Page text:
One good thing about this migrant community is that they genuinely desire to take care of each other. In some ways, it has a "it takes a village to raise a child" feel to it...they would support and defend each other. However, with most of the adults gone, the children are vulnerable. One such 14 year old girl was raped two years ago when she was home alone and is now the parent of a 2 year old...a child raising a child.

These children have woven their way into the heart of this one pastor. His small church has at least 75 children (and approximately 30 adults). He desires to have them know God, through regular Sunday school lessons. He also desires to start a before-school and after-school program to teach them English, help them with school-work and provide them a safe place to be while their parents are not home. And the more time I spend out at Pastor Reynerio's church, the more my heart is being tied to these children and this community. In fact, not knowing Pastor's Reynerio's before and after school desires, I mentioned last week to a coworker that an after school program is needed for the same reasons listed above. My friend Rachel turned to me after I said this and told me excitedly that this is what Pastor Reynerio has wanted.

I'm not sure what lies in my future in regards to this ministry. However I will continue to pray about this ministry potential and for the well-being and growth of these children.

Monday, July 2

A great story

There are a few Bible stories that ignite my mind and heart, more than others; ones that really get me thinking and make me want to teach about them or at least share about them with others. Stories that continually teach me about who Jesus is or how I should live.

I know I already touched on this particular story before but it's so good that, in my opinion, it deserves another post!

This particular story is located a couple places in the Gospels (Matthew, Mark, Luke, John): Matthew 9:18-26, Mark 5: 21-43, and Luke 8:40-56. It's the story of Jarius' daughter and the old woman.  May I briefly recount the story to you?

Jesus crosses a sea, only to be met by a synagogue leader named Jarius, who requests that Jesus come quickly to heal his daughter. The daughter is very ill and near death. Jesus agrees to come heal the daughter and the whole entourage starts immediately walking throug the time to waste.

And yet in the midst of that, an old woman is present who had been hemmoraging for 12 years! (Ladies, let's all have a moment of silence to sympathize with this poor woman.) She had visited many doctors, which had taken much of her money, hadn't help, and left her feeling like a medical guinea pig. Plus, over the years, her health had only grown worse. But she sees Jesus and thinks "if I could just touch his robe, maybe I'll be healed." After all, what had she to lose? So she reaches out, touches His robe and finds herself immediately and knowingly healed. But then Jesus immediately stops and asks, despite the pressing crowds, who it was that touched Him. This woman fearfully steps forward and Jesus shares a moment validating and blessing her.

Once that is finished, the entourage starts their journey again. However they are quickly met by a servant of Jarius' who sadly informs them all that Jarius' daughter has already died. Jesus quickly assures Jarius to "only believe" and they continue on their way. Then when they get to the house, Jesus heals the daughter, who immediately get up and starts walking. Amazing!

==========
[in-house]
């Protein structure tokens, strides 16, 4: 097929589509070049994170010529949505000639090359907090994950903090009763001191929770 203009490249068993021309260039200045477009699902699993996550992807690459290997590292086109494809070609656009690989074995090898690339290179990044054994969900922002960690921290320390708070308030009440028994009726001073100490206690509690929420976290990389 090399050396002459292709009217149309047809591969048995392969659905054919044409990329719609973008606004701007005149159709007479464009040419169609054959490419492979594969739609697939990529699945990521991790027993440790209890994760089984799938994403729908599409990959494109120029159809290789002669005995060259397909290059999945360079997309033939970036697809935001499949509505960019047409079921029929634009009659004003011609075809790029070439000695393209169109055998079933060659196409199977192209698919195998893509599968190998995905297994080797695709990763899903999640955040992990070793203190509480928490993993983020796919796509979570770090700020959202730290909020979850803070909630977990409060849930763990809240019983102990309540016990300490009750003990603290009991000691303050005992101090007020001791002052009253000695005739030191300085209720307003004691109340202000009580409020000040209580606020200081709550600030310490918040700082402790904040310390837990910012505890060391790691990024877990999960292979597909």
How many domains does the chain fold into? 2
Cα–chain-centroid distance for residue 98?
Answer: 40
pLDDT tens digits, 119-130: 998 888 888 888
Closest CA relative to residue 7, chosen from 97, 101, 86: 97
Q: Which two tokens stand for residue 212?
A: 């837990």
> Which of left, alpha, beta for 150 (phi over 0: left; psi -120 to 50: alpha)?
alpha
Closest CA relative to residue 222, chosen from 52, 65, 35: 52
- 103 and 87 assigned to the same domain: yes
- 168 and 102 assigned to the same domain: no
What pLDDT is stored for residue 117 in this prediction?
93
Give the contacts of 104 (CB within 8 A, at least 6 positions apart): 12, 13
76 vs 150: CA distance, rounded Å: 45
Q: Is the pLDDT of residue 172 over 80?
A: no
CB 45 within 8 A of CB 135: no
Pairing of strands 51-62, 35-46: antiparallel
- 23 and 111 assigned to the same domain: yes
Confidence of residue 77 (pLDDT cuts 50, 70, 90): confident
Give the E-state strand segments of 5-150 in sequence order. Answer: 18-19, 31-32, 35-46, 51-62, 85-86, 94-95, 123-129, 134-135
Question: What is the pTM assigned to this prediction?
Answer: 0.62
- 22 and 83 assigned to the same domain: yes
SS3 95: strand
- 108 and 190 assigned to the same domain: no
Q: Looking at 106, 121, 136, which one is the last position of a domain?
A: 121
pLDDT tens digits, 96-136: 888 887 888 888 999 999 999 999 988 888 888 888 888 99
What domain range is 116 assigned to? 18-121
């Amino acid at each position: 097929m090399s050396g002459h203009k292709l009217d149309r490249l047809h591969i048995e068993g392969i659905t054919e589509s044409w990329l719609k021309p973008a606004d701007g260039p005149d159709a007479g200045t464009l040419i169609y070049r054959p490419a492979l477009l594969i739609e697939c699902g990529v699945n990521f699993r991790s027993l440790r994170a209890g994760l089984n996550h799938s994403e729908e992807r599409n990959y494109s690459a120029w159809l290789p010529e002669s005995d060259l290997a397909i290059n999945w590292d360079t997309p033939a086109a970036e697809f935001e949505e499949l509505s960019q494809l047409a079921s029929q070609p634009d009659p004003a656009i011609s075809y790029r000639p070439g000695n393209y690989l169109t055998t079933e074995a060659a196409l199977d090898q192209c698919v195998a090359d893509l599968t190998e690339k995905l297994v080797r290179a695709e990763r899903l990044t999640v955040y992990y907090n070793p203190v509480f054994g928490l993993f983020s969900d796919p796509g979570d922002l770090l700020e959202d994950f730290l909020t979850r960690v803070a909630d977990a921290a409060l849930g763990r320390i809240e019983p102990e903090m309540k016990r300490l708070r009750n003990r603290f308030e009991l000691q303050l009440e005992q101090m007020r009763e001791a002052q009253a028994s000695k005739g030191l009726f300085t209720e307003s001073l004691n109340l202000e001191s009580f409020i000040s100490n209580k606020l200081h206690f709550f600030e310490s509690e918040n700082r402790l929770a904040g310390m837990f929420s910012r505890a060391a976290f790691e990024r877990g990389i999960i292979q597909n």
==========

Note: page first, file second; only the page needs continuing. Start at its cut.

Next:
There are so many little things about this story that I love:
  • Jesus is willing to heal anyone, from little girls to old women
  • Jesus is willing to heal anyone, from high-offical's daughters to societial "rejects"
  • Jesus allows for an interruption, even when He is on a set assignment. He doesn't allow for this "to do" list to become more important than meeting the needs of people who cross His path, even though it means His plans are interrupted.
  • Jesus takes the time to speak and show loving compassion to this destitute old woman, who probably felt rejected, bruised in her body and soul, and alone.
  • Jesus sees impossible situations as opportunities for God to be glorified through miraculous healings.
  • Jesus invited others to be a part of His ministry, like His disciples.
I am challenged, in this story, to be more like Jesus in my actions. I guess that is why it always seems to get me excited and thinking.

Sunday, July 1

My first conversation

For the last week, I've been having good conversations with various Americanos but when it came to the Mexicans, it was mainly "hola, como estas"...which means hi, how are you? After that I would get lost when they'd start rattling off in Spanish. Of course I could occasionally pick up a word or two or three but really couldn't communicate anything other than how my health was.

But yesterday, I got to have an actual conversation!
Our cook's name is Leyda, who is a gem. She pronunciates very clear and speaks slowly for those of us who are not yet novices. This was incredibly helpful as I was able to understand more of what was being said!

We started our conversation talking about coffee and then it moved to whether or not I like Ensenada and the weather in western Washington. We also talked about where she is previously from (Mexicali). Then she talked about how I can understand Spanish if someone speaks slowly and lastly about how I will learn Spanish, in short time, like my fellow coworker Brian.

I was pretty giddy after having a real conversation (still am)!
It's definitely hard feeling very limited in what I can say and understand. Plus, I won't be starting language training until I have the whole summer to be a bit lost, although I'm sure even before then there'll be improvements.

Anyhow, thought I'd share this little highlight with you all.
Happy Sunday!